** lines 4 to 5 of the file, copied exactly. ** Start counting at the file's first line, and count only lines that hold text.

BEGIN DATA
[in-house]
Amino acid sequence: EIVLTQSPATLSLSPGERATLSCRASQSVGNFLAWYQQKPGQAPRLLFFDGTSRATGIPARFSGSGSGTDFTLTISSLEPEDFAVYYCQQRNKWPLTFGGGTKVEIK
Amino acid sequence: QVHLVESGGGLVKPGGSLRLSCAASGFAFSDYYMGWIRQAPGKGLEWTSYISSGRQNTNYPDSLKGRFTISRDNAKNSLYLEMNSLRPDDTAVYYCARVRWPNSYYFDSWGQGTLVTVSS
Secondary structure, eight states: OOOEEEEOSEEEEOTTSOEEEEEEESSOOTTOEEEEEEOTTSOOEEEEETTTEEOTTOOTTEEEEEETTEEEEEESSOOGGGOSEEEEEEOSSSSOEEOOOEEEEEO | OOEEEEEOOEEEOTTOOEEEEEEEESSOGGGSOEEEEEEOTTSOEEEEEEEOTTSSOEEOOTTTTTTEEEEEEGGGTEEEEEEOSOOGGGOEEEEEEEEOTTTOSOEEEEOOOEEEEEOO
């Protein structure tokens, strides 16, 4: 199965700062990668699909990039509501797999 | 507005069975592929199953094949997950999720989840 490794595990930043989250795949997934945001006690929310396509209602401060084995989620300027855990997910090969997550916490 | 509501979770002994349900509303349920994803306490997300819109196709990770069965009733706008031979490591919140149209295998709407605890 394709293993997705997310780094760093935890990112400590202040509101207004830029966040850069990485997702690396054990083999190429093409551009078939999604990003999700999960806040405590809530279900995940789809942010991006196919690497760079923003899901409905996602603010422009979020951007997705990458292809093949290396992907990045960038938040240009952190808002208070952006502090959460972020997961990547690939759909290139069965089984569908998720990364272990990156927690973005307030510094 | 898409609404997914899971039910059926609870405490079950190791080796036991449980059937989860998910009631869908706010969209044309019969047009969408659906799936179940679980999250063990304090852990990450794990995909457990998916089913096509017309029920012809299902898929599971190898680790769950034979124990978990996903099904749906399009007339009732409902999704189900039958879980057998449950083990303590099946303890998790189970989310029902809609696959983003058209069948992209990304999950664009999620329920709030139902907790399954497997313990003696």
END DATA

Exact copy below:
Secondary structure, eight states: OOOEEEEOSEEEEOTTSOEEEEEEESSOOTTOEEEEEEOTTSOOEEEEETTTEEOTTOOTTEEEEEETTEEEEEESSOOGGGOSEEEEEEOSSSSOEEOOOEEEEEO | OOEEEEEOOEEEOTTOOEEEEEEEESSOGGGSOEEEEEEOTTSOEEEEEEEOTTSSOEEOOTTTTTTEEEEEEGGGTEEEEEEOSOOGGGOEEEEEEEEOTTTOSOEEEEOOOEEEEEOO
């Protein structure tokens, strides 16, 4: 199965700062990668699909990039509501797999 | 507005069975592929199953094949997950999720989840 490794595990930043989250795949997934945001006690929310396509209602401060084995989620300027855990997910090969997550916490 | 509501979770002994349900509303349920994803306490997300819109196709990770069965009733706008031979490591919140149209295998709407605890 394709293993997705997310780094760093935890990112400590202040509101207004830029966040850069990485997702690396054990083999190429093409551009078939999604990003999700999960806040405590809530279900995940789809942010991006196919690497760079923003899901409905996602603010422009979020951007997705990458292809093949290396992907990045960038938040240009952190808002208070952006502090959460972020997961990547690939759909290139069965089984569908998720990364272990990156927690973005307030510094 | 898409609404997914899971039910059926609870405490079950190791080796036991449980059937989860998910009631869908706010969209044309019969047009969408659906799936179940679980999250063990304090852990990450794990995909457990998916089913096509017309029920012809299902898929599971190898680790769950034979124990978990996903099904749906399009007339009732409902999704189900039958879980057998449950083990303590099946303890998790189970989310029902809609696959983003058209069948992209990304999950664009999620329920709030139902907790399954497997313990003696």